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Dear group, although I got other responses (thanks to all who
did), this response from Sally seemed the most comprehensive
and the others agreed with it.

According to Sarah Lantz:
> >From *Morris Dictionary of Word and Phrase Origins - 2nd ed*, p.334:
> "*kit*, meaning a collection of anything, comes from the kit bag of a
> soldier, in which he had to carry all his belongings. The earlist record of
> its use is in England in 1785. Combined with *boodle*, it came to mean a
> collection of people. There's a difference of opinion as to where *boodle*
> originated, some authorities attributing it to *buddle* (which in turn was
> probably Old English *bottel*), meaning "bunch or bundle."  Others think it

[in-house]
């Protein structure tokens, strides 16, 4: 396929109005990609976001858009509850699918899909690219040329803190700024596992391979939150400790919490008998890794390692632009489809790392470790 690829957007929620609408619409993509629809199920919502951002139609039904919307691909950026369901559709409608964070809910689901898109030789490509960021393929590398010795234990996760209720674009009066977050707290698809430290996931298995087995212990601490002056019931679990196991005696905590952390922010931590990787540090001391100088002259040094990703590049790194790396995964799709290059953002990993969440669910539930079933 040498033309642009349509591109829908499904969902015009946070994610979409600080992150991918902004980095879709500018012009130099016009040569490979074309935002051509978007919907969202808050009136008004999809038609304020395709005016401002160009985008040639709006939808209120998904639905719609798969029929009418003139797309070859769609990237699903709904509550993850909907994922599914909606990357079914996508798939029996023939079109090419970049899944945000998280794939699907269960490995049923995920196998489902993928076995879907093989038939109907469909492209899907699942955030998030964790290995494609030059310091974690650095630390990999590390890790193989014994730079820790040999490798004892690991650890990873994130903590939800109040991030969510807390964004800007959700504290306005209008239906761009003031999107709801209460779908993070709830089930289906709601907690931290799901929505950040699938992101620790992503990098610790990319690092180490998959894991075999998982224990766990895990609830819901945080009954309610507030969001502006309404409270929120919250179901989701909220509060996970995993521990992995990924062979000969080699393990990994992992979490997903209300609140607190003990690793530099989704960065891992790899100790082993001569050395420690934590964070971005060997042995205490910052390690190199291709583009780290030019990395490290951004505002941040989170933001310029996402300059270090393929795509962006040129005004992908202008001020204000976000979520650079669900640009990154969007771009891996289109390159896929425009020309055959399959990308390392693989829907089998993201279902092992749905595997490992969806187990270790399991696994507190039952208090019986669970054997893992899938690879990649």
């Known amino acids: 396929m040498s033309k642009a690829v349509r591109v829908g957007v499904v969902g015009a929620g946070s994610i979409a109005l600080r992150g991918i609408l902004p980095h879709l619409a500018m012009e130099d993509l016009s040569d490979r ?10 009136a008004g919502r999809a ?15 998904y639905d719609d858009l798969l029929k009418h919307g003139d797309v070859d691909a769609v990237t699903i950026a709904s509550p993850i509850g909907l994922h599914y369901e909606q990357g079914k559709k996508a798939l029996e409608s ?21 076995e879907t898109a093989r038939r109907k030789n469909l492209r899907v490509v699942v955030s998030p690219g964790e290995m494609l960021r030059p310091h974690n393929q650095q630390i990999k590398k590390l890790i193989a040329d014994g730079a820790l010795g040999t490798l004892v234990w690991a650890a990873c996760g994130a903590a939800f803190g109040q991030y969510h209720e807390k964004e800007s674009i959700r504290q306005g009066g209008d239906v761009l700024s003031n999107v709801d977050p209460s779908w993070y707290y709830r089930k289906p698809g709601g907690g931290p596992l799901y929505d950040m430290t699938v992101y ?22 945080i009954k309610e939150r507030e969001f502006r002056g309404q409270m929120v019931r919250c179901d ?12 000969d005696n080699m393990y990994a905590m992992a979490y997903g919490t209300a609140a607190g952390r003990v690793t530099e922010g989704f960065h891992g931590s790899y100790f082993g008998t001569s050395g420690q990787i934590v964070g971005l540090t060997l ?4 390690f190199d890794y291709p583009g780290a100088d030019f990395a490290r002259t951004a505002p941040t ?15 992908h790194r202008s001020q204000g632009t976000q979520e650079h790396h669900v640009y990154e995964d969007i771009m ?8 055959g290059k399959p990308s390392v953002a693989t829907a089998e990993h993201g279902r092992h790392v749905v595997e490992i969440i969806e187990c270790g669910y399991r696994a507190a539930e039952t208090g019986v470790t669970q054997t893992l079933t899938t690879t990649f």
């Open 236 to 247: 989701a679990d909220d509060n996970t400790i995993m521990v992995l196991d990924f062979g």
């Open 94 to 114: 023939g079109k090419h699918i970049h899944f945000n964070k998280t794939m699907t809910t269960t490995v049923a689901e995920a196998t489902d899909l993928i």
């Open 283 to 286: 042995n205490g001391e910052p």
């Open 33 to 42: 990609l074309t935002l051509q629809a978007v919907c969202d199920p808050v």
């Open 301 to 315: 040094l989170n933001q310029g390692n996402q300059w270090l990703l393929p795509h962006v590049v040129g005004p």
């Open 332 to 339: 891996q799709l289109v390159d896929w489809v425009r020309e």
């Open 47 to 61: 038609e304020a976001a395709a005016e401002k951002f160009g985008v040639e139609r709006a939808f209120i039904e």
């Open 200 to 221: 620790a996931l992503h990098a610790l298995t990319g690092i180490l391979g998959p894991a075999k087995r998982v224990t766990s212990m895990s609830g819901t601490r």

> came from the Dutch *boedel*, meaning "property."  In this sense it has long
> been used by New England longshoremen.  How did it become *caboodle*?
> *Caboodle* is said to be a corruption of *kit and boodle*.  All of which
> certainly makes the whole *kit and caboodle* and all-inclusive phrase."
> Sally Lantz     sarahl@ccpl.carr.lib.md.us

Odile Heisel  oheisel@pen.k12.va.us
Student Teacher and future certified media specialist
(graduating from James Madison University May 3, 1997)
Thomas Harrison Middle School
Harrisonburg, VA 22801

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